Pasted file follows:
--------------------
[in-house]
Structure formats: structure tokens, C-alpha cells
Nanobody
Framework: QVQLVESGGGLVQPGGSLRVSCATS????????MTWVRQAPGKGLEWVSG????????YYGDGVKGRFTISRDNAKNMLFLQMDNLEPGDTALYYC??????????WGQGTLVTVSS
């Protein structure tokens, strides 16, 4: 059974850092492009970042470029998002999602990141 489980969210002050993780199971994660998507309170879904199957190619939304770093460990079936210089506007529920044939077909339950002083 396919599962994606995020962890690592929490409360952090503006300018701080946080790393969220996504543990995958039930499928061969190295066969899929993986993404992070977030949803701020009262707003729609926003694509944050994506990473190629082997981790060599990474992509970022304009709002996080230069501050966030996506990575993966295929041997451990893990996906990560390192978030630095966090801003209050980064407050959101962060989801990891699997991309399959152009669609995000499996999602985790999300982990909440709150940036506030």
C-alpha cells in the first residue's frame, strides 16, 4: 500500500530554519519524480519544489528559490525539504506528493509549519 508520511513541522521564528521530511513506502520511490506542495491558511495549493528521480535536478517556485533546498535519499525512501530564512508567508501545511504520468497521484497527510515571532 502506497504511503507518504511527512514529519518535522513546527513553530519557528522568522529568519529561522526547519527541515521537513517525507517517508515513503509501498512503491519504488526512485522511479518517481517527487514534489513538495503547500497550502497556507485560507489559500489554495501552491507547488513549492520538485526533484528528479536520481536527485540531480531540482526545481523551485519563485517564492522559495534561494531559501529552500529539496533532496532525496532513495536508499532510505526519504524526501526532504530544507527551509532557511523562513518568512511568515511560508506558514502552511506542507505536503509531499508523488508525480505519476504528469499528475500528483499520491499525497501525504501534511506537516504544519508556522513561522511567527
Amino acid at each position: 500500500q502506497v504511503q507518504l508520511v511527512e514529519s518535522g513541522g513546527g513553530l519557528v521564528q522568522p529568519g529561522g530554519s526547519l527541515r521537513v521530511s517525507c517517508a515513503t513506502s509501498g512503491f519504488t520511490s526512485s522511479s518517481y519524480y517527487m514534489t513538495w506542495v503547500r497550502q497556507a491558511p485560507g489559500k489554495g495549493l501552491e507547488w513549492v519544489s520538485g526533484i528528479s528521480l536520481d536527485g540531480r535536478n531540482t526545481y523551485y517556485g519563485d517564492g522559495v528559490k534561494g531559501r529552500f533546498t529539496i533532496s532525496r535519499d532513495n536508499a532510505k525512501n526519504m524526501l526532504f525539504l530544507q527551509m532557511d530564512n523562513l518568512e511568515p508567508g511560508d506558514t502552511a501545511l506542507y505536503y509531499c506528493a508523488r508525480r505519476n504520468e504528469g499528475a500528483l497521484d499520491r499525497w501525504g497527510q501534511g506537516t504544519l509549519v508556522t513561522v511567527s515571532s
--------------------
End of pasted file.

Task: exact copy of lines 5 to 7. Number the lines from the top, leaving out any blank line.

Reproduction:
């Protein structure tokens, strides 16, 4: 059974850092492009970042470029998002999602990141 489980969210002050993780199971994660998507309170879904199957190619939304770093460990079936210089506007529920044939077909339950002083 396919599962994606995020962890690592929490409360952090503006300018701080946080790393969220996504543990995958039930499928061969190295066969899929993986993404992070977030949803701020009262707003729609926003694509944050994506990473190629082997981790060599990474992509970022304009709002996080230069501050966030996506990575993966295929041997451990893990996906990560390192978030630095966090801003209050980064407050959101962060989801990891699997991309399959152009669609995000499996999602985790999300982990909440709150940036506030």
C-alpha cells in the first residue's frame, strides 16, 4: 500500500530554519519524480519544489528559490525539504506528493509549519 508520511513541522521564528521530511513506502520511490506542495491558511495549493528521480535536478517556485533546498535519499525512501530564512508567508501545511504520468497521484497527510515571532 502506497504511503507518504511527512514529519518535522513546527513553530519557528522568522529568519529561522526547519527541515521537513517525507517517508515513503509501498512503491519504488526512485522511479518517481517527487514534489513538495503547500497550502497556507485560507489559500489554495501552491507547488513549492520538485526533484528528479536520481536527485540531480531540482526545481523551485519563485517564492522559495534561494531559501529552500529539496533532496532525496532513495536508499532510505526519504524526501526532504530544507527551509532557511523562513518568512511568515511560508506558514502552511506542507505536503509531499508523488508525480505519476504528469499528475500528483499520491499525497501525504501534511506537516504544519508556522513561522511567527
Amino acid at each position: 500500500q502506497v504511503q507518504l508520511v511527512e514529519s518535522g513541522g513546527g513553530l519557528v521564528q522568522p529568519g529561522g530554519s526547519l527541515r521537513v521530511s517525507c517517508a515513503t513506502s509501498g512503491f519504488t520511490s526512485s522511479s518517481y519524480y517527487m514534489t513538495w506542495v503547500r497550502q497556507a491558511p485560507g489559500k489554495g495549493l501552491e507547488w513549492v519544489s520538485g526533484i528528479s528521480l536520481d536527485g540531480r535536478n531540482t526545481y523551485y517556485g519563485d517564492g522559495v528559490k534561494g531559501r529552500f533546498t529539496i533532496s532525496r535519499d532513495n536508499a532510505k525512501n526519504m524526501l526532504f525539504l530544507q527551509m532557511d530564512n523562513l518568512e511568515p508567508g511560508d506558514t502552511a501545511l506542507y505536503y509531499c506528493a508523488r508525480r505519476n504520468e504528469g499528475a500528483l497521484d499520491r499525497w501525504g497527510q501534511g506537516t504544519l509549519v508556522t513561522v511567527s515571532s